Saturday 5 October 2019

Patriarchal foot in mouth

Gawd, he's done it again. It will be a close run thing as to whether I'll be retiring from The Institute next Summer with modest plaudits and accolades OR having my epaulettes ripped off and my USB key broken across the knee of the president of a conduct unbecoming tribunal.

A couple of years ago, after a long day on my feet teaching, I was sitting at a desk in my last class of the day. The students dribbled in from their previous class - their contact hours are on average nearly twice mine. One young woman looked particularly worn out and, in any excess of empathy, I blurted out "Blimey, you looked shagged",  Ooops! Big Red Face: all of my native English speakers will realise that 'shagged' is slang for both "tired" and "bonked".  By context and timing [4PM on a workday afternoon] the former meaning is much more likely but people in my profession have to be above suspicion in their intercourse dialogue with students.

Last Monday [at 4PM! that must be my weirding stupid hour] I had my second remedial math class with this year's intake for our Brewing & Distilling degree. I make it a point of honour to know the names of all my students by the end of the first tuthree weeks of teaching. To facilitate this I strip student ID photos from our server and print them out with names and courses on a single sheet of paper for each class. Sharing this with my colleagues wins many friends. B&D, unsurprisingly, is a really blokey degree; top heavy with mature students with years of experiience making home-brew and making poitin in their several garages. This year we have only one woman in the class. To call the roll, I went round the class as they completed whatever the assignment required, sometimes with confidence and sometimes more tentatively "You're Aaron . . . the other Ahron . . . ?Adam? . . . Alan . . .Aisling, you're easy . . . " STOP right there. No matter the excuse that putting the correct name on the only female in the room is the least hard task for matching faces to names. No teacher can suggest that one of the students is "available".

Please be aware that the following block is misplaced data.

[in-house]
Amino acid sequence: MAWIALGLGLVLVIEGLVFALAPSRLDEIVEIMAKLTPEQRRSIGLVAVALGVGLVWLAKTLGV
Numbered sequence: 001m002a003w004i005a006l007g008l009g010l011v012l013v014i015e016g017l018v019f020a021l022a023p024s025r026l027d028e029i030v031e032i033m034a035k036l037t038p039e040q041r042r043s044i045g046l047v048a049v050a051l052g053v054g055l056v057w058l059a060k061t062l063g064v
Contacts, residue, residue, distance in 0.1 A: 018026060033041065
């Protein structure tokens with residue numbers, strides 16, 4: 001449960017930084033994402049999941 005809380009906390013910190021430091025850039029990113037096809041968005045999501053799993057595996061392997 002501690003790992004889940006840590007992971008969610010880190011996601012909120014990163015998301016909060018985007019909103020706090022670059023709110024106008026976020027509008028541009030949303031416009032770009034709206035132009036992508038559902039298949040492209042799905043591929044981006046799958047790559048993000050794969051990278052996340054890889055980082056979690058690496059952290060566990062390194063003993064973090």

And because things always go in threes, I had another literal/slang potential miscommunication recently. I was talking to a couple of students who were havering about whether they would do a final-year research project co-supervised by me and someone in The Oak Park campus of Teagasc on the other side of town. That place is 4.5km away = 9 minutes by car but maybe an hour on foot, so I asked the student if she had a car. Ah don't worry about that I'll take a taxi, it's only €8 within the city limits. I've ceased to be amazed at Generations Y & Z who grew up after the Celtic Tiger and think of money as something to be spent. €8 is about what I earned for my first wage packet for a 40 hour week riddling potatoes. I replied "whatever about taxis, it would be a good idea to have a departmental bike" I was going to finish that sentence ". . . so that people can nip across to the other place for a meeting". But the phrase departmental bike seemed to be causing a mild emotional turmoil on the other side of the table. One interpretation, in a wholly different context, could be departmental bike = the available woman. A bike being something you ride which is yet another synonym for bonking. You can't be too careful, I guess. Then again you can't stop talking altogether.

This looks much worse (why is this old buffer continually making inappropriate remarks to young women) than it might be because it's a condensate from about three years of hundreds of interactions that are not actionable. Then again, I would say that wouldn't I? If I had a therapist, I'd ask her if I had a problem.

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